Under Obama’s Watch, 2014 Was Most Lethal Year on Record for Terrorism

Published 7:00 am Saturday, March 7, 2015

Director of National Intelligence James Clapper has summed up today’s global threats this way:  “Unpredictable instability is the new normal.”  In an assessment to the Senate Armed Services Committee on February 26, he noted that last year there were more deaths from state-sponsored mass killings, more people displaced from their homes, and a higher rate of political instability than we have seen in decades.  It was the most lethal year for global terrorism since 1970, when the data was first compiled.

Such a state of affairs is a searing indictment of President Obama’s foreign policy team, which has presided over six years in which America has become decidedly less safe and less secure.  Moreover, the Administration seems blind to these harsh realities.  Secretary of State John Kerry recently told the House Foreign Affairs Committee that “we are actually living in a period of less daily threat to Americans and to people in the world than normally; less deaths, less violent deaths today, than through the last century.”  Apparently, Director Clapper and Secretary Kerry did not get the same memo.

It is clear that the Obama Administration’s record of foreign policy missteps has diminished the projection of U.S. strength and power.  On pressing national security issues, the President has naively believed the hollow promises of adversaries and wrongly impaired the support of allies.

Sign up for our daily email newsletter

Get the latest news sent to your inbox

Nowhere is this more evident than the Administration’s attempt to “reset” relations with Russia six years ago.  President Vladimir Putin has made a mockery of U.S. capitulations, boldly increasing his aggression and blatantly ignoring the rule of law and basic human rights.  His acts of defiance include the invasion and annexation of part of Ukraine, support for the brutal regime of Syrian dictator Bashar al-Assad, and the development of missiles banned by the Intermediate-Range Nuclear Forces Treaty.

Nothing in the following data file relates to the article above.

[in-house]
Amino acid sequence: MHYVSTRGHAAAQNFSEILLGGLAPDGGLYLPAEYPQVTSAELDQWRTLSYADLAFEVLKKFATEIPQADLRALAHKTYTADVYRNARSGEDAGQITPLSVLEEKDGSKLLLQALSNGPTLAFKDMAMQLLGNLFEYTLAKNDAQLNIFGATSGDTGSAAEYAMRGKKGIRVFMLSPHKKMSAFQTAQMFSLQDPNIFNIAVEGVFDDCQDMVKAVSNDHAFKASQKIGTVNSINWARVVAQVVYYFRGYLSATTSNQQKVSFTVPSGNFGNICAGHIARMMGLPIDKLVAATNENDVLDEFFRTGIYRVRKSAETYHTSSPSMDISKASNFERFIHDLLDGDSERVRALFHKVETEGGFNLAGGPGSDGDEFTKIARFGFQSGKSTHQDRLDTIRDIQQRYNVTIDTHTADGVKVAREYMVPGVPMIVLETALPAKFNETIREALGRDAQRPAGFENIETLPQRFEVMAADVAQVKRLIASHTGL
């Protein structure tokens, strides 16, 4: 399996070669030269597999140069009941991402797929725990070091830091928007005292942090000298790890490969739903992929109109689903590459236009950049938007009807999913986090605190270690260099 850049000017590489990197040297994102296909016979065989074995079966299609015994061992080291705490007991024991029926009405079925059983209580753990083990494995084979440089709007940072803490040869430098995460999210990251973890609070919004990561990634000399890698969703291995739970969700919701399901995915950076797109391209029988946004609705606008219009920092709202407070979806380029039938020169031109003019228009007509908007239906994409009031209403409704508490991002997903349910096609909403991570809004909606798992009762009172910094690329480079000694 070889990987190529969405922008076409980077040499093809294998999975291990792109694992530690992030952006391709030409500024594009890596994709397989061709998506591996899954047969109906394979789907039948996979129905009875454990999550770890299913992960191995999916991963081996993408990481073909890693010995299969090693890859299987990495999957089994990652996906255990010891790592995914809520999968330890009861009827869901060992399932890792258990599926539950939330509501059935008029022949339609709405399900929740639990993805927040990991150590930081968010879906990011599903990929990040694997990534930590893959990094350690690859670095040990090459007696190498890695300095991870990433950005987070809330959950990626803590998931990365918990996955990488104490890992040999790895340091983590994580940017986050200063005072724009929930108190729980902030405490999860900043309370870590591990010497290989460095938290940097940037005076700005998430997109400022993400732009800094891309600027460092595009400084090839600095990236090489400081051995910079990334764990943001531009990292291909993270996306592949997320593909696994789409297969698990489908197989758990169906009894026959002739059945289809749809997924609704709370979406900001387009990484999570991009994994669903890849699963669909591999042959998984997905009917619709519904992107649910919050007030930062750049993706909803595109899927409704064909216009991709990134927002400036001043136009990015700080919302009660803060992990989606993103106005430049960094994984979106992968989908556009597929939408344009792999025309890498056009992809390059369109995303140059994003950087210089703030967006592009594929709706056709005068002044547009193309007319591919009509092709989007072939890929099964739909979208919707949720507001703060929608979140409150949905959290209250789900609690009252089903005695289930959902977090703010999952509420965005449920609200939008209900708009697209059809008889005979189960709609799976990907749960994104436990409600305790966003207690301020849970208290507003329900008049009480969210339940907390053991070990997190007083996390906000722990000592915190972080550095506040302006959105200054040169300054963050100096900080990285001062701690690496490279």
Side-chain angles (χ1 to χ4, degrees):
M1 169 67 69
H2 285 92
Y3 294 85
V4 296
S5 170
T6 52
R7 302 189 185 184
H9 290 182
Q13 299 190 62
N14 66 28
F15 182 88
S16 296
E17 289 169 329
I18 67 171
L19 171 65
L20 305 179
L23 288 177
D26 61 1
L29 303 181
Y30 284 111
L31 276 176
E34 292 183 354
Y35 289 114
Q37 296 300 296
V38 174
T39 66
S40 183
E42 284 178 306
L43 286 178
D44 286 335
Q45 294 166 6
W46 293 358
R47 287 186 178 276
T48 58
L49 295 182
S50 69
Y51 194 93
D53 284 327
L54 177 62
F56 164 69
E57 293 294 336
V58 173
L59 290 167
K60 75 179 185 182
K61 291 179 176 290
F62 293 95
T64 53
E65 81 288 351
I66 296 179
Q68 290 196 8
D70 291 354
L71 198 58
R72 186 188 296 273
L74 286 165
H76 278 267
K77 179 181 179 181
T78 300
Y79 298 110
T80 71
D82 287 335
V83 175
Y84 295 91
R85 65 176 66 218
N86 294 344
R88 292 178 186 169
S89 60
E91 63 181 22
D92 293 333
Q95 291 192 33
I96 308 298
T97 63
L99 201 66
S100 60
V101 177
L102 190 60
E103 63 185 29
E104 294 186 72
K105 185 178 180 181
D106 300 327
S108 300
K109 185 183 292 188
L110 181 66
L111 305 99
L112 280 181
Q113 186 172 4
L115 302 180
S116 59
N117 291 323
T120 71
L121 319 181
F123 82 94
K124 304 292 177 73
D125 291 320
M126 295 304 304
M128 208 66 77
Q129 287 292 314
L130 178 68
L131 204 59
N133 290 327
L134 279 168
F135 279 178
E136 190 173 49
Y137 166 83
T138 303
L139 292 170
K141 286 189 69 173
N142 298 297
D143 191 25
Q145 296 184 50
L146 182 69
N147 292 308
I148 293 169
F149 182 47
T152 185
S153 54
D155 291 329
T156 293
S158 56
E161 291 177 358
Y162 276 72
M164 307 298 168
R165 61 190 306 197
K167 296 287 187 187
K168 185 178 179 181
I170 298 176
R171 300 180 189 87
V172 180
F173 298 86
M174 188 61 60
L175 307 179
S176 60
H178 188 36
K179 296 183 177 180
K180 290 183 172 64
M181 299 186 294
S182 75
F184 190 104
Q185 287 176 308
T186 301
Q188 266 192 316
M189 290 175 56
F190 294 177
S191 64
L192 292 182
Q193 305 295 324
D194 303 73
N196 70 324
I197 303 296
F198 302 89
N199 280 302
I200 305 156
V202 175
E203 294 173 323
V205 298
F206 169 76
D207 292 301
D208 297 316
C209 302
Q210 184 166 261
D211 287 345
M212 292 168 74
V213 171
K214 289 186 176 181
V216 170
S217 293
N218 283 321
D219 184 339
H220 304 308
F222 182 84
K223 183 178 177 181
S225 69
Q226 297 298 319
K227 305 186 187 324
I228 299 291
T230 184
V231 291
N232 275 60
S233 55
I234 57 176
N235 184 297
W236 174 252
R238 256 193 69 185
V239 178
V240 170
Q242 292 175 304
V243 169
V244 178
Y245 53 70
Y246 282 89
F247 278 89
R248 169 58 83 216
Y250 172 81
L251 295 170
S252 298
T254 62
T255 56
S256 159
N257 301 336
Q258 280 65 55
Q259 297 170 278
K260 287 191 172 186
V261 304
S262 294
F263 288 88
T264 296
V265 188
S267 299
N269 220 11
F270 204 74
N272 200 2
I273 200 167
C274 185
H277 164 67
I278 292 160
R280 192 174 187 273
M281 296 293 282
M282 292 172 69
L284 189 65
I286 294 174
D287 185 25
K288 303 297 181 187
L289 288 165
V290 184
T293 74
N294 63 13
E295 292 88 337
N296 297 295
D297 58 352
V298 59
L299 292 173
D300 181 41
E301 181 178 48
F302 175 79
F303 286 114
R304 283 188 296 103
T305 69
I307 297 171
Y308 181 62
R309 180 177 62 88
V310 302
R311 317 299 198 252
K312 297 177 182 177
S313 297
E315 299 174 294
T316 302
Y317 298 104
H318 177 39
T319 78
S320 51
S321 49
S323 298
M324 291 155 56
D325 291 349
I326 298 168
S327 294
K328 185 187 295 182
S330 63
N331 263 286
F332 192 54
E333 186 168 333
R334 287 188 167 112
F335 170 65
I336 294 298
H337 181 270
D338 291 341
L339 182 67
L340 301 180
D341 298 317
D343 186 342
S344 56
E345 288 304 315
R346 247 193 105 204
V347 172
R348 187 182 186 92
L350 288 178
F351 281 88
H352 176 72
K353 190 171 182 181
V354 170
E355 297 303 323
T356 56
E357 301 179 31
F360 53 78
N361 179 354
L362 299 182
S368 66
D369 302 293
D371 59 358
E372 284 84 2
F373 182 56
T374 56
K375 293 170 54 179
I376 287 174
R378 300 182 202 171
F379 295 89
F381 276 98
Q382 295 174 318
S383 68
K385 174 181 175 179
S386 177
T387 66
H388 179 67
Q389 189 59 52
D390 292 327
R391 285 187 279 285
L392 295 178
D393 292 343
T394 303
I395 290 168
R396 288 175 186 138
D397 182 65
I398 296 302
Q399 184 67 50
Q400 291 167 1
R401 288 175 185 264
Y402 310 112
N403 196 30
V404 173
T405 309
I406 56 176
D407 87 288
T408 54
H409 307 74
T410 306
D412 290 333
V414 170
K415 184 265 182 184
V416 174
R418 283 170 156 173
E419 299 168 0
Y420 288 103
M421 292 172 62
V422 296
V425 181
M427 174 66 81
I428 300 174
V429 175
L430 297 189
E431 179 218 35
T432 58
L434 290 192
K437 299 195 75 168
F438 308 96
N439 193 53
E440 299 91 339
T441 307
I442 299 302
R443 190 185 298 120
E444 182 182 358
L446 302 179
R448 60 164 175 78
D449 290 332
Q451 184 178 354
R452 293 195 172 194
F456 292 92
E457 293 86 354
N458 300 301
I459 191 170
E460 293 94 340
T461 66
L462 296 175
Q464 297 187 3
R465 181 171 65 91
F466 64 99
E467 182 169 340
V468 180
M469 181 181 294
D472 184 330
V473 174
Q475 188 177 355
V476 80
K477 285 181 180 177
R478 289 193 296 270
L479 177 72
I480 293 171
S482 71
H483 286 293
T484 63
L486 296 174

With little time to forge his legacy, President Obama is again attempting to make a deal with an unreliable nation.  The goal of ongoing multilateral negotiations is to prevent Iran from acquiring a nuclear weapon, but concerns have already been raised that the Administration might be too generous in its concessions, allowing the volatile nation to fulfill its nuclear aims.

A bad deal would severely jeopardize security in the region and could spell disaster for Israel, which remains one of America’s closest allies.  I am hopeful that Israeli Prime Minister Benjamin Netanyahu will reiterate these serious implications during his address to a joint session of Congress on March 3.

Given the long-standing relationship between Israel and the United States, it is unfortunate that Mr. Netanyahu’s upcoming speech has garnered such indignation from the Administration, which went so far as to call it “destructive” to bilateral relations.  The security of all Israelis remains crucial to U.S. interests and to the entire region, especially considering that Iranian leaders have suggested that the state of Israel should be “eliminated.”

Prime Minister Netanyahu deserves the opportunity to outline his concerns to lawmakers about Iran and escalating Islamic extremism.  Despite veto threats from President Obama, Congress continues to discuss whether Iran should face tougher sanctions if an agreement that limits its nuclear capabilities is not reached by the March deadline.  Members are also deeply involved in developing a strategy to defeat the barbaric Islamic State, which has launched a campaign of terror across the Middle East.  Why shouldn’t America hear about these urgent issues from a trusted friend in the region?

An honest look at today’s threats and the need for U.S. leadership are critically important to global security and stability at this pivotal time.  Director Clapper was frank in his testimony that addressing current challenges would not be easy, noting that “pervasive uncertainty makes it all the harder to predict the future.”  But America can succeed, if we demonstrate the fortitude and resolve necessary to defend freedom and to stop those who threaten it.